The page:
Fiat Chrysler: Federal court best place for case alleging Jeep Liberty defects in 2012 Bishop Ford Dolton fatal crash

Dan Churney Jun. 6, 2015, 9:00am

Attorneys for automaker Fiat Chrysler are hoping to move a lawsuit, alleging a defective Jeep Liberty contributed to a 2012 fatal crash on the Bishop Ford Freeway, from Cook County Circuit Court to federal court, because the plaintiffs have settled with all defendants from Illinois, and there are no longer any parties in the case from Cook County.

The filing stems from a Sept. 5, 2012, in Dolton, 73-year-old Henry R. Womack Sr. was driving a semi-trailer truck northbound in the center lane of Interstate 94, known as the Bishop Ford, when a 2003 Jeep Liberty Sport Freedom driven by Chantal D. Washington Cole, merged onto I-94 from Sibley Boulevard. Cole allegedly crossed two lanes and entered Womack's lane, crashing into Womack and causing Womack's truck to veer into concrete support pillars, killing him, according to court documents.

Womack was from South Carolina. The 50-year-old Cole was cited on complaints of improper lane usage and driving too fast for conditions.

In August 2014, South Carolina resident Rosalee Womack filed a suit on behalf of Henry Womack’s estate, against Cole and the owner of Cole’s Jeep, Ronald J. Cole, as well as against DaimlerChrysler Corp., Chrysler Group Michigan LLC, Fiat U.S.A., Inc. and Chrysler Group LLC, now known as FCA US LLC.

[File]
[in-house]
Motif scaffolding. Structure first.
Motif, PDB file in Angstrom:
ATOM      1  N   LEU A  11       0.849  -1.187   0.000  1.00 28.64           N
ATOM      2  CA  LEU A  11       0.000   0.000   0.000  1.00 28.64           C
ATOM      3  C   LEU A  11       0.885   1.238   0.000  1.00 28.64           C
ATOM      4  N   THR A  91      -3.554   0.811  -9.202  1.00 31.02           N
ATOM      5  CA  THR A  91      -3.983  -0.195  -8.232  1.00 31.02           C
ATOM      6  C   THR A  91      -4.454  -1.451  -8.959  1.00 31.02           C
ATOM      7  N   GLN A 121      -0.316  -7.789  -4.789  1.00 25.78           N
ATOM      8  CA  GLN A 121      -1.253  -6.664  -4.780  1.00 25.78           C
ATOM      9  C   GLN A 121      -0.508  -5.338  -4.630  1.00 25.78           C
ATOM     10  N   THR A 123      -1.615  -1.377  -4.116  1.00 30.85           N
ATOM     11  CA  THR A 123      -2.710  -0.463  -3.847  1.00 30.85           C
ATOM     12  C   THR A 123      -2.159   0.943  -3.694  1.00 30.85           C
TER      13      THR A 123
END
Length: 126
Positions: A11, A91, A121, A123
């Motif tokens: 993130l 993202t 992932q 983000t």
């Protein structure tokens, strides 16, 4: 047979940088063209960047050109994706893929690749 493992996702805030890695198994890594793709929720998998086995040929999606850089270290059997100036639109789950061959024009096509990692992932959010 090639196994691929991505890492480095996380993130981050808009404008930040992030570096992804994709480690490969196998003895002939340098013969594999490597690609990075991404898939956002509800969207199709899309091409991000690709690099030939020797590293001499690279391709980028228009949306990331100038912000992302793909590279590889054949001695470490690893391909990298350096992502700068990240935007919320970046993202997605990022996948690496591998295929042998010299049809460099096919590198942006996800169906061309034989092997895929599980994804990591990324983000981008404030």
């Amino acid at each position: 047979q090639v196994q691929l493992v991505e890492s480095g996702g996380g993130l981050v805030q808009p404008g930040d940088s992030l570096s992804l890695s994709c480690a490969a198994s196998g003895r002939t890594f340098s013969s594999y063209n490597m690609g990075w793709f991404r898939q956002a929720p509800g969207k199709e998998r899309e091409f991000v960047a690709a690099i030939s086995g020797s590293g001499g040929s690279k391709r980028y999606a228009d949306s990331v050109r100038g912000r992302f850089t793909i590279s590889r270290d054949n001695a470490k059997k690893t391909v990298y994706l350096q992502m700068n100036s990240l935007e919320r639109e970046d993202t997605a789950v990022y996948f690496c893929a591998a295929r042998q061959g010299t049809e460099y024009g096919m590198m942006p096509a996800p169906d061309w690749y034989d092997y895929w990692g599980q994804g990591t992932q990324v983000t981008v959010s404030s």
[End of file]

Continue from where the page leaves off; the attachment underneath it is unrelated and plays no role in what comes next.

Rosalee Womack, through her attorney, Alfred D. Ivy III, of Urbana, accused Chantal Cole of driving recklessly and Ronald Cole of failing to ensure the Jeep had sufficient brakes and tires. Further, Ivy said Ronald Cole should not have allowed Chantal to drive the Jeep, because he knew Chantal would not drive safely.

Ivy went on to charge the corporate defendants with designing, making and distributing the Jeep without “state-of-the-art safety features,” including a “traffic avoidance device” that would have alerted Chantal Cole her Jeep was about to hit Womack's truck.

In December 2014, Rosalee Womack dropped all the defendants from the suit except the Coles and FCA US LLC. On April 30, Cook County Judge Larry Axelrood granted a motion by the Coles to dismiss the Coles as defendants, as a $100,000 settlement had been reached between them and Womack. The judge's action left FCA US LLC the remaining defendant.

Last week, FCA US filed papers in U.S. District Court, saying the case should be handled in federal, rather than circuit court. FCA US argued Rosalee Womack lives in South Carolina and FCA US is incorporated in Delaware, with principal offices in Michigan.

FCA US further contend, because Chantal Cole and Ronald Cole are no longer defendants, there are no Illinois parties in the case and the remaining parties are from different states — another reason the case belongs in federal district court, which embraces the place where the suit is pending.

FCA US also maintained the amount of damages exceeds $75,000, exclusive of interest and costs – another criteria for federal jurisdiction.

FCA US is represented by Swanson, Martin & Bell, of Chicago. The request to have the case moved to federal court is before U.S. District Judge Thomas M. Durkin, with Michael Mason designated as magistrate judge. No hearing date has been set.

More News